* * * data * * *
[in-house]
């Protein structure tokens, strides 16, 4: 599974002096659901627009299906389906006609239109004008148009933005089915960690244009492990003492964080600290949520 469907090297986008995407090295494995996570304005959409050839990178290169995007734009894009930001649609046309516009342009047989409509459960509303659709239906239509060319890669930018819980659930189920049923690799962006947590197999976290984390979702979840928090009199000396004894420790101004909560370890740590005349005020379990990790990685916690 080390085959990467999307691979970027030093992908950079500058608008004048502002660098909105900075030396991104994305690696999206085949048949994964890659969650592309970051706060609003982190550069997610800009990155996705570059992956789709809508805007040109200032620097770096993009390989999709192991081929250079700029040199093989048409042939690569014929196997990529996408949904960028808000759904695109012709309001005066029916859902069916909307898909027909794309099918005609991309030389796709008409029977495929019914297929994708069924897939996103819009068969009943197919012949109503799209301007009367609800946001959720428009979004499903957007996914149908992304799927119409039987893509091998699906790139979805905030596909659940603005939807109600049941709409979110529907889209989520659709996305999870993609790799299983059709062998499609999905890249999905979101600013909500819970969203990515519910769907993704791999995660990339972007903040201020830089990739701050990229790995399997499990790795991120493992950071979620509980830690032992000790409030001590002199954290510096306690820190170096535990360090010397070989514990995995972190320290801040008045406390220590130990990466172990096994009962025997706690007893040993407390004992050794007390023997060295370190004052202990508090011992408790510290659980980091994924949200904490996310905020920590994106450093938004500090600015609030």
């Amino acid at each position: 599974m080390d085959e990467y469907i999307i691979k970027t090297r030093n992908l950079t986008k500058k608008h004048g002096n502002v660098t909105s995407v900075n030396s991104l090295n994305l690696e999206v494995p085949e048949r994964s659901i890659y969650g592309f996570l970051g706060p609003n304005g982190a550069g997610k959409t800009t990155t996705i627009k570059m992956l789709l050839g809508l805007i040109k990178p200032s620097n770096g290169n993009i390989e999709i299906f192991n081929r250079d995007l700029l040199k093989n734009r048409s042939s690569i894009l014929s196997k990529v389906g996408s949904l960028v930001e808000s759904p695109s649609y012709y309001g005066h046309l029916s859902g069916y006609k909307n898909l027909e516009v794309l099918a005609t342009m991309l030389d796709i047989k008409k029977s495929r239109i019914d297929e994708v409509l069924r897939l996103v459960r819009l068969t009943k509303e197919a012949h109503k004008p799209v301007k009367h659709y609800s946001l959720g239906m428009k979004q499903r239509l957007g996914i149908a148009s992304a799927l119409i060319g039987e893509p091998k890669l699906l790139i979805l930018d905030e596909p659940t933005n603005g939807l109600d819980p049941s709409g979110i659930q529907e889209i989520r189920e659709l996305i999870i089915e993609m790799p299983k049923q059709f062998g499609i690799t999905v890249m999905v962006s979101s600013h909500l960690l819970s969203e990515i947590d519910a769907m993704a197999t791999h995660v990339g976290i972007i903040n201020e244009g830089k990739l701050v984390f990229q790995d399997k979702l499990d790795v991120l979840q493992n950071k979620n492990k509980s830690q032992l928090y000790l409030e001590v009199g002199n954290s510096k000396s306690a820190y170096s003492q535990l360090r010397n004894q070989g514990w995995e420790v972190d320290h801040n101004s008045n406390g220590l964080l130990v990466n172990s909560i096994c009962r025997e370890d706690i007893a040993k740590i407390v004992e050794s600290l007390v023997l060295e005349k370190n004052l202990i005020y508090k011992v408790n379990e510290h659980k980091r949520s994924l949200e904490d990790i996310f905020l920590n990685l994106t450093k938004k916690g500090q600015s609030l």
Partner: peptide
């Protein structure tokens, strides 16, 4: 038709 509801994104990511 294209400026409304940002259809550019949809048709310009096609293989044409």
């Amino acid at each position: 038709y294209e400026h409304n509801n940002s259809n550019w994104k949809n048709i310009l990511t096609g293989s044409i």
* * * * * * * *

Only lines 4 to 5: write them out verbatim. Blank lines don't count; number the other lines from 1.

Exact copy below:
Partner: peptide
């Protein structure tokens, strides 16, 4: 038709 509801994104990511 294209400026409304940002259809550019949809048709310009096609293989044409």